The narrative *-ka-* tense
The Tips & Notes on the -ka- skill explicitly say:
When we use -ka-, the -li- tense appears first at the beginning of the sentence with the first verb and then it is replaced with the -ka- infix in the next verbs in order to denote that the narrative is in past tense.
And yet, the skill is riddled with sentences such as nikatembea na nikakimbia, not only clearly starting the narration with -ka-, but also using na in between, which according to all sources I could find is not supposed to come before -ka-.
I would understand if that was one mistake in a sentence or two, but it really feels like the Tips & Notes teach one thing and the exercises test for a different thing entirely and mark you wrong when you follow the instructions on the Tips & Notes.
What could possibly have gone wrong during the making of the Swahili tree for this to be happening now?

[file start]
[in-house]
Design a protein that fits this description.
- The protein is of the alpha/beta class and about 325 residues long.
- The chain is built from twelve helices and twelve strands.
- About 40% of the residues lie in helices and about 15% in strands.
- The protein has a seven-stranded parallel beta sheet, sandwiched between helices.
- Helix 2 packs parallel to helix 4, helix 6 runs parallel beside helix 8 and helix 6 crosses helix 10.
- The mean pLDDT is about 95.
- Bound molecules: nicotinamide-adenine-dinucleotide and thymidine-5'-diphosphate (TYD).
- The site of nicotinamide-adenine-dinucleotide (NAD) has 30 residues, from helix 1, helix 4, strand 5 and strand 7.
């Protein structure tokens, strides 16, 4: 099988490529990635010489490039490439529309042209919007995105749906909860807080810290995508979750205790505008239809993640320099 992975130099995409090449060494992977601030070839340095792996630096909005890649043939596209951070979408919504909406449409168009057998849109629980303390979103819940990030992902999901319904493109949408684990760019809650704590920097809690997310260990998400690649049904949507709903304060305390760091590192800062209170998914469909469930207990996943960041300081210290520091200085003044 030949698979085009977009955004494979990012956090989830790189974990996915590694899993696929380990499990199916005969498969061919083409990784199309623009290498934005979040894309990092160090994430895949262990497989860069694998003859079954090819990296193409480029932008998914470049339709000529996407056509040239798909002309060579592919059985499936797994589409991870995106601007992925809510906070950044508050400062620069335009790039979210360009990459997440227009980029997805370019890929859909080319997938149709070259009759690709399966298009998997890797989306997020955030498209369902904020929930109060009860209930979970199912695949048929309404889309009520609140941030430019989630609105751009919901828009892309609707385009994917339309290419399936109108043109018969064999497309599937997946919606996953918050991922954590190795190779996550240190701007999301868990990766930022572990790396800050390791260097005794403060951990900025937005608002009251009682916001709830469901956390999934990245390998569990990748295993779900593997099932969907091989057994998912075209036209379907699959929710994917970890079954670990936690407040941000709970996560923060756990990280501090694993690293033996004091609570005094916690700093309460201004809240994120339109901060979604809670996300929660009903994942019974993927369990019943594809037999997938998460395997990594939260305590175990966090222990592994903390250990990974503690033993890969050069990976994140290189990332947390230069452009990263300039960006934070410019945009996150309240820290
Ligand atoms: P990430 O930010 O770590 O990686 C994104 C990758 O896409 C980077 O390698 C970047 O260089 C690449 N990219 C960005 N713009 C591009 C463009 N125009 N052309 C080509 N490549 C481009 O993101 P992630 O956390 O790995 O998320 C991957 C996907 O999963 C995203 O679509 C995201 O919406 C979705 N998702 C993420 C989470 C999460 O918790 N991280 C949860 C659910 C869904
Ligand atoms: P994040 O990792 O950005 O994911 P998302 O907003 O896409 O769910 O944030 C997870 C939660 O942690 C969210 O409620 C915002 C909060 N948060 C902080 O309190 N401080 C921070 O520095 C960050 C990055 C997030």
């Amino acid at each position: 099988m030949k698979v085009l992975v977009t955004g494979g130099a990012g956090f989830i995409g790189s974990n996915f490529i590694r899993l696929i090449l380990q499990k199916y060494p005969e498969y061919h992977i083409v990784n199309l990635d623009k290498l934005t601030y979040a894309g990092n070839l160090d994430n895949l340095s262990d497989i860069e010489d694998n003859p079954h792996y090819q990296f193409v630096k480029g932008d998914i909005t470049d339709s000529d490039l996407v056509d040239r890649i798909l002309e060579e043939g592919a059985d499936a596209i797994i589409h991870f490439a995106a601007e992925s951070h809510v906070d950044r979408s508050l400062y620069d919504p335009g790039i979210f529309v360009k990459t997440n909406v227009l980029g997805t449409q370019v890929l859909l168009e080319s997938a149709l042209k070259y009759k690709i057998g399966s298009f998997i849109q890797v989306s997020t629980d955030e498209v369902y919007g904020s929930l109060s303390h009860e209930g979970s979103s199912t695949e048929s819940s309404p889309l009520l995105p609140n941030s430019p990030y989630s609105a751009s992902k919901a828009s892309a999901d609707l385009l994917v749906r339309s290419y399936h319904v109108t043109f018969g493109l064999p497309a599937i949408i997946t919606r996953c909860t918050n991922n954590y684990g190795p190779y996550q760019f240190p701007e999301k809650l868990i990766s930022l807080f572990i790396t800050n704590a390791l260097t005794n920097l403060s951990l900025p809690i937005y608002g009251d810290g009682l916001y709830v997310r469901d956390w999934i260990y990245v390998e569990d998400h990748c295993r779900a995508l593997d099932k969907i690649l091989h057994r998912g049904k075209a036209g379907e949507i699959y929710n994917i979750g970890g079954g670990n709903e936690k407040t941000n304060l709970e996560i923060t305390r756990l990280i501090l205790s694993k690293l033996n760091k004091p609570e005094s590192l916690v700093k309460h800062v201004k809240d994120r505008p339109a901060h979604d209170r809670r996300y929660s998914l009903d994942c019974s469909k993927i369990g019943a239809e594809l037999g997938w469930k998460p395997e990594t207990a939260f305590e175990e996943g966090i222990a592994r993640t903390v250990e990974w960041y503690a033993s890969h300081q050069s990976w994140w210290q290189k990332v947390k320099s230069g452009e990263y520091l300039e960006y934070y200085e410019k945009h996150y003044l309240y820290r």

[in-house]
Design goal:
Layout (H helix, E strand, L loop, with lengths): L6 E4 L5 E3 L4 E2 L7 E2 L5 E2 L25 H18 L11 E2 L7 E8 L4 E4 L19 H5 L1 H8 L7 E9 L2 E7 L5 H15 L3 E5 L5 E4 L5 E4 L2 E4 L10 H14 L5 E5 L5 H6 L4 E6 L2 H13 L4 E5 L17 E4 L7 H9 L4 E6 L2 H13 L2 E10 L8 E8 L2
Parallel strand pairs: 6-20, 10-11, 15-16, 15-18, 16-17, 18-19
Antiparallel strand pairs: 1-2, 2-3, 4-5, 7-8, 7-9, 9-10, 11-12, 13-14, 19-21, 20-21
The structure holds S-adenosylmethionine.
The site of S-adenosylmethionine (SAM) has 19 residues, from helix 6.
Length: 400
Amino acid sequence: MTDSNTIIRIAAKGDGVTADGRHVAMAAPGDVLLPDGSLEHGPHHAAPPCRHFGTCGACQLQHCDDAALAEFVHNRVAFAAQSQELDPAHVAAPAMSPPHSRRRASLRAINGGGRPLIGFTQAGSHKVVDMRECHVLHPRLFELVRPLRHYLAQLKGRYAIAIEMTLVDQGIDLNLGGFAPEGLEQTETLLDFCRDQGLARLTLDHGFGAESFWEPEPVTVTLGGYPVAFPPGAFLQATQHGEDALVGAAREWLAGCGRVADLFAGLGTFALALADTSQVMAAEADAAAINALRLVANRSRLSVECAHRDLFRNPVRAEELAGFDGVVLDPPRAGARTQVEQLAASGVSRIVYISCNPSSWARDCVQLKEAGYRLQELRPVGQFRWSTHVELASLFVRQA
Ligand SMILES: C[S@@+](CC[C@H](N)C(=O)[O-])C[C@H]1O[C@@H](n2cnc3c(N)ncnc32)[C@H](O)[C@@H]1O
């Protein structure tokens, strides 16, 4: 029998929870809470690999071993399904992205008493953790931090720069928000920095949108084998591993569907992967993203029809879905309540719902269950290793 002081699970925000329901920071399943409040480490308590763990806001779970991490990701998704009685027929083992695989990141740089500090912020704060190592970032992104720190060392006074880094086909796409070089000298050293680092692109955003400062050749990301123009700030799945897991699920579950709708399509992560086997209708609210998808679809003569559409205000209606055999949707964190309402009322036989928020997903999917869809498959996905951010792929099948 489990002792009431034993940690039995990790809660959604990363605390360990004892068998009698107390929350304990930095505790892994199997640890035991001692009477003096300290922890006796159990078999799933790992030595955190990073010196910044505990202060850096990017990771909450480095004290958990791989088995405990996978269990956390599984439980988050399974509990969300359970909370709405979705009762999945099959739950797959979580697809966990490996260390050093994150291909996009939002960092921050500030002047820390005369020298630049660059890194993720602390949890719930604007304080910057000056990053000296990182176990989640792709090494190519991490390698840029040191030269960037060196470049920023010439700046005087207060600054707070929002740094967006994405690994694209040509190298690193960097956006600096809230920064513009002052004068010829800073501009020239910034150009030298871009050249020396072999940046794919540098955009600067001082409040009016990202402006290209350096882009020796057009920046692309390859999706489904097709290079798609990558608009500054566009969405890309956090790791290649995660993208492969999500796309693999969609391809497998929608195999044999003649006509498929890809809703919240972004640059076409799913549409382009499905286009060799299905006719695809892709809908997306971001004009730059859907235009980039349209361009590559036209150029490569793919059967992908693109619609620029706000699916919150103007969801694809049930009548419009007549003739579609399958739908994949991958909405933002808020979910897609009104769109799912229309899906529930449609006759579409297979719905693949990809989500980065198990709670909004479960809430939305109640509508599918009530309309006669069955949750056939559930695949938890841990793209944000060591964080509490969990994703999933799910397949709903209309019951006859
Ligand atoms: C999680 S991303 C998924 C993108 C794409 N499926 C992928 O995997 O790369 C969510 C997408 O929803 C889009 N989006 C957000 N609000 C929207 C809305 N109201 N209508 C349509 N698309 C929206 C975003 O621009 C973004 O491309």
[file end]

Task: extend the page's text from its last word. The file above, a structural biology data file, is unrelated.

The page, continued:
This is what Wikipedia has to say on the -li- and -ka- tenses:
[/quote] The consecutive tense is mainly used with the past tense -li- in narrating a sequence of events whereby -li- is used for the first verb and -ka- for subsequent verbs. It roughly carries the meaning "and then" and makes the use of na "and" or halafu / kisha "then" essentially redundant. Where context is clearly past, a narrative may also be begun with -ka-. [/endquote]
So, it seems OK under certain conditions to start with the -ka- tense, rather than with -li-
Another question: what about the negative? Which of the last two sentences would be correct?
Nilimwona nikakimbia: I saw him (and then) I ran.
kukimbia: I saw her (and then) I didn't run.
kakimbia: I saw her (and then) I didn't run.